A new strategy for a new economy
Buy-to-let has been an increasingly popular form of property investment, creating wealth for many over the last two decades as reliance on the social rented sector has declined, and the importance of the private rented sector has grown. This evolution of the property market is continuing, with a let-to-rent strategy now growing in popularity. This strategy could yet define the property market over the coming 20 or 30 years or even longer.
The evolution of the property market
The evolution of the property market has been dictated by many factors over the last 100 years and more. The industrial revolution created great conurbations, and villages developed and run by business owners, as people moved out of isolated rural areas to where the work was available.
Families that used to live together became fractured as children first moved out upon marriage, and then before marriage.
The introduction of the welfare state introduced the concept of mass social housing, and the concept of wider home ownership sold off swathes of social housing. With this, the strategy of buy-to-let grew as a viable investment proposition.
Children have moved out of homes earlier, as jobs became more secure, and higher education became more necessary. Now, with house prices and mortgages extending beyond the reach of most first jobbers or those fresh out of university, young adults are more likely to either stay at home longer or move into private rented accommodation.
Both economic and socio-economic factors have contributed to this property market evolution, and a new wave has recently begun: the let-to-rent strategy.
Why let-to-rent, and why now?
The job market is more fluid than it has ever been, and people are more likely to relocate to find work to further their careers. The world of work, and how people work, is also evolving rapidly: not only are people more willing to move to work, but they are more able to take work with them. According to a 2014 Accenture report, The Rise of the Extended Workforce, between 20% and 33% of workers are now independent contractors and freelancers: many of these work remotely.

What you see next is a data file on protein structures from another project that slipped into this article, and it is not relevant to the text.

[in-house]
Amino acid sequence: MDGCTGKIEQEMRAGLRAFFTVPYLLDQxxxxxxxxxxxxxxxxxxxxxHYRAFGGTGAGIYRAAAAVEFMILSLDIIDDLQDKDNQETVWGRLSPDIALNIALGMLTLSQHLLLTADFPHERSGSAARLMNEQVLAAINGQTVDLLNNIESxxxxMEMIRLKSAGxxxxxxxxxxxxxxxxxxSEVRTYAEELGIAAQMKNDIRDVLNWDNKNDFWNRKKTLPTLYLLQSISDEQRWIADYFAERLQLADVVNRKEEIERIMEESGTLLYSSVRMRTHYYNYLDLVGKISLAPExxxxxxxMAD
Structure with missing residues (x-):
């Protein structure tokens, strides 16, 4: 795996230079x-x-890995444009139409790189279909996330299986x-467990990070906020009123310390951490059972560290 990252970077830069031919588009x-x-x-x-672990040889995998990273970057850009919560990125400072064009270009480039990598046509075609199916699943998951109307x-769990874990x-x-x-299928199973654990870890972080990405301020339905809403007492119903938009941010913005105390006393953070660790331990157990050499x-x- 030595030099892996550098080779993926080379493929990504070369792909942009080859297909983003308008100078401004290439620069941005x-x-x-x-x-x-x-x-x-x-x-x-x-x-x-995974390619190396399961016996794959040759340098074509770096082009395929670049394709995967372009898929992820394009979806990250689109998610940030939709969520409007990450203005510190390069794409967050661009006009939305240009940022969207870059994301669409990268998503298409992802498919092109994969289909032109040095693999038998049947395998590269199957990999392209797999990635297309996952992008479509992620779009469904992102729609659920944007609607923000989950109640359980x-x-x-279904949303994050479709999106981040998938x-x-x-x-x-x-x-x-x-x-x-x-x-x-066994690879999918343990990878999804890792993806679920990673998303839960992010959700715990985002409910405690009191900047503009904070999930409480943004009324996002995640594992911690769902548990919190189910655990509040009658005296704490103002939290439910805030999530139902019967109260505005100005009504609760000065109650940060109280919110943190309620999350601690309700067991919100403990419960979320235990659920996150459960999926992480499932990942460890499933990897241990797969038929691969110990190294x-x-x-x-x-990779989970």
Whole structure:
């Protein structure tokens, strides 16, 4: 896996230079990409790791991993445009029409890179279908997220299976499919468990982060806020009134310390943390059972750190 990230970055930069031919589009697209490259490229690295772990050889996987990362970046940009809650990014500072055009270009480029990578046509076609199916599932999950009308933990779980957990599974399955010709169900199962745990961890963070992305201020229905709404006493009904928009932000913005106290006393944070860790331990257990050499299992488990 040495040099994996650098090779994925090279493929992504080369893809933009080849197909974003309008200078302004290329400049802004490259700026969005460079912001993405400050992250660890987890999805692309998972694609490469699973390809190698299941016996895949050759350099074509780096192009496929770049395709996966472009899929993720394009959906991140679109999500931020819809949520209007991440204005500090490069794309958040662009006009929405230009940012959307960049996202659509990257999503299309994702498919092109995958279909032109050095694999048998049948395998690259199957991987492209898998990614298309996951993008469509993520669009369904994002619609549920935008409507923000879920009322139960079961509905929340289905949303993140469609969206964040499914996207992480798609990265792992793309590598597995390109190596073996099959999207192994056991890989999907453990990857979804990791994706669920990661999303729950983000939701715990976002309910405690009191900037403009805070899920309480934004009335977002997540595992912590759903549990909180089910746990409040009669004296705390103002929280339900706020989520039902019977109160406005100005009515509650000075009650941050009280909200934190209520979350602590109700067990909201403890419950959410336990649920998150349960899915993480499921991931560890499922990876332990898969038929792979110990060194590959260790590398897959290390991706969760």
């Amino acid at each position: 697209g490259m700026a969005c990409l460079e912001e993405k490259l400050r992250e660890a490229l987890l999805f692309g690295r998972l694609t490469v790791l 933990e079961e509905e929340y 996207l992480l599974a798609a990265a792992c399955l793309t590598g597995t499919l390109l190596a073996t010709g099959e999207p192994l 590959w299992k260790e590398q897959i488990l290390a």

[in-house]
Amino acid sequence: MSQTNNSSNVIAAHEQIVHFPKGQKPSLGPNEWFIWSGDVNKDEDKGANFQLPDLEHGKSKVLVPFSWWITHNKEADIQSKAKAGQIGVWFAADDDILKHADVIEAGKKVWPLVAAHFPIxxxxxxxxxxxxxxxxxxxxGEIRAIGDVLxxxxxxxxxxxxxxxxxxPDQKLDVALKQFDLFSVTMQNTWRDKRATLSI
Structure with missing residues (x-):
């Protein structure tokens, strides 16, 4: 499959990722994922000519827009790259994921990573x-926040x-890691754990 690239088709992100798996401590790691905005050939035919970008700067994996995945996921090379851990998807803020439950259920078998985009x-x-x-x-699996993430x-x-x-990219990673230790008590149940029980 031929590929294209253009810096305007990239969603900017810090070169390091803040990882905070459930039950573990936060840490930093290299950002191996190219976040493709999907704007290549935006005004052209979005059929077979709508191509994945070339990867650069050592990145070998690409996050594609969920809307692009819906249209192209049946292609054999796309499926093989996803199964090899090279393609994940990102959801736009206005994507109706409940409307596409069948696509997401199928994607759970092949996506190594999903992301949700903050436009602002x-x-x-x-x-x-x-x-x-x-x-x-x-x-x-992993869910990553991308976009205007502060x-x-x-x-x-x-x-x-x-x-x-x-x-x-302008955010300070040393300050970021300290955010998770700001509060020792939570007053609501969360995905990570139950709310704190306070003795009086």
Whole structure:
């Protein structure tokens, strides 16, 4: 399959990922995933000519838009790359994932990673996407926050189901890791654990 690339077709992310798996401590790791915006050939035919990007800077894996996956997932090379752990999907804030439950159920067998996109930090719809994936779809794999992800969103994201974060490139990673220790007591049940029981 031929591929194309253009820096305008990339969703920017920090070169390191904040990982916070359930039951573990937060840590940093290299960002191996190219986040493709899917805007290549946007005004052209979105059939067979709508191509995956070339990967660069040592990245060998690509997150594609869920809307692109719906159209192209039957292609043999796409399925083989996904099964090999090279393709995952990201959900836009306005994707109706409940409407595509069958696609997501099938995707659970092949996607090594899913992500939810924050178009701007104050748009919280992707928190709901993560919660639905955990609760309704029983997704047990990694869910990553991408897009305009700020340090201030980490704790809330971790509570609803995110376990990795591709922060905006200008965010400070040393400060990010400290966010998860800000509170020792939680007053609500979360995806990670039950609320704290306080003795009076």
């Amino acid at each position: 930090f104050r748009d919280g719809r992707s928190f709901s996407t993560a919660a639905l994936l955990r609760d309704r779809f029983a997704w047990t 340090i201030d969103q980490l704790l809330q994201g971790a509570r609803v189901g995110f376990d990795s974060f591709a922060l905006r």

Whereas a relocation of work used to lead to the need to sell the family home and buy where the work was, the growth of the private rented sector (now over 20% of the entire UK property market) is promoting a new and more cost-effective strategy: let-to-rent.
What is let-to-rent?
The idea is simple: instead of selling a home to relocate, the homeowner lets his or her home and uses the income to service the mortgage or even subsidise rental payments on his or her new home in the new location. The benefits of this strategy are many and varied, providing:
- A clean and simple way to relocate, reducing the costs of doing so (estate agents fees, legal costs, even furniture removal, etc.)
- The option for relocation for lifestyle or health reasons
- The potential to benefit from greater rental income than rental expense
Short-term work contracts, a career that takes someone around the world, extended sabbaticals, and the need to take the time to find the new perfect property are all circumstances in which a let-to-rent strategy benefits the homeowner.
For maximum benefit, especially for those moving long distances, homeowners who let-to-rent are taking advantage of professional property management. This relieves the let-to-renter of the time-consuming responsibility of vetting tenants, collecting rent, and maintaining the rental property.
Yours in Effortless property Management,